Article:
In the end, Palmer and his pal chose Sam's Trees as their chosen spot. There had been avalanche activity on January 10 and 11 there, during the aforementioned storm. But they were reassured by a successful beacon search, as well as the presence of other vehicles parked at the trailhead, which suggested that others had determined that the area was safe.

As the pair headed downhill, Palmer's friend accidentally released a small avalanche without his knowledge, the study continues. However, Palmer saw what happened and quickly passed along the information. They then huddled and re-evaluated their plan, deciding to move down what's described as the "center rib" of the mountain in order to avoid a gully to their left.

Upon restarting, the skiers leapfrogged each other a number of times before the friend stopped at a group of trees. Palmer skied past him and accidentally drifted left of the center rib, winding up in the very gully they'd hoped to avoid. Palmer stopped and his friend headed to the presumed location, only to feel and see "snow flowing around his legs, pushing him downhill," the narrative maintains.

This photo conveys the depth of the snow in the avalanche area.
This photo conveys the depth of the snow in the avalanche area.

The friend was able to ski out of the resulting slide and grab a small spruce tree for support after about fifty or sixty feet. But he lost sight of Palmer. The time was 1:20 p.m., and when he tried calling 911, he discovered he didn't have cell service — a common issue in the mountains.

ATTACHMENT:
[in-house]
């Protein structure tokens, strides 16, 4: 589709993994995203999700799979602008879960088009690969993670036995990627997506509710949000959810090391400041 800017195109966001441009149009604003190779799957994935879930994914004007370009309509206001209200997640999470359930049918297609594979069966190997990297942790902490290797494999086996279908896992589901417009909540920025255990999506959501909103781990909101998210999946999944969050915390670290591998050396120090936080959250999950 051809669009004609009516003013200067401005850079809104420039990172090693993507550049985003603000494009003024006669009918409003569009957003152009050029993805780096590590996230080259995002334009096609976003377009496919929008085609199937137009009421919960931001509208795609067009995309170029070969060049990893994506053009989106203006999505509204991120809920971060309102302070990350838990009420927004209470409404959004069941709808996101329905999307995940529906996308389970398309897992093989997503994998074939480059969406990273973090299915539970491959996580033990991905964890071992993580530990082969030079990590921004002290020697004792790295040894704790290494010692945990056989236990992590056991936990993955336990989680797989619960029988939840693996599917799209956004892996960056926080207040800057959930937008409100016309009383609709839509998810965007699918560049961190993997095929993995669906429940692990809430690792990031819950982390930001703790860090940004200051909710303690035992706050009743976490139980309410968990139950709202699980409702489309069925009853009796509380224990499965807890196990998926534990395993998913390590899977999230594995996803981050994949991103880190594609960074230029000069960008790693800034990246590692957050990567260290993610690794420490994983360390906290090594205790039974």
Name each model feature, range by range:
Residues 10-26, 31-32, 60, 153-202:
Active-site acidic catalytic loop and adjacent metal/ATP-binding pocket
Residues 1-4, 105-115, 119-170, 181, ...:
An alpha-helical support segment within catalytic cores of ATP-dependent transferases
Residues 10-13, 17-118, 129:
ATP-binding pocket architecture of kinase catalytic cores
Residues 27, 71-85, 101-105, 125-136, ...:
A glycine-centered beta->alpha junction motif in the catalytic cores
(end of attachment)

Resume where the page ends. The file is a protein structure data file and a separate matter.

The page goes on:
It took only eight minutes for Palmer's friend to find him. He was buried face up, with his head about three feet below the surface, the report states. The friend began to perform CPR, but Palmer was unresponsive, and efforts to assist by other skiers who heard his companion's calls for help were also unsuccessful. Search-and-rescue personnel weren't able to reach the scene until 4:40 p.m., and by then it was too late.

In the comment section of the report, the CAIC notes that Palmer and his friend had been cautious in advance of their day of skiing but "still ended up in terrain they had planned to avoid. There can be many reasons for this: bad visibility, the lure of powder, losing orientation on the slope. ... Whatever the reason, it is not an uncommon experience for backcountry travelers."

After Palmer's passing, a GoFundMe page was launched to raise money for the memorial and associated costs. Its introduction reads in part: "Abel Palmer was an amazing, bright young person who was taken from this earth too soon on January 21st, 2018. Abel was an avid outdoor enthusiast, with an amazing love for life that he shared with everyone he met. Abel will be greatly missed by everyone who knew him."

At this writing, the page has raised more than $23,000 toward a goal of $20,000. Click for more details.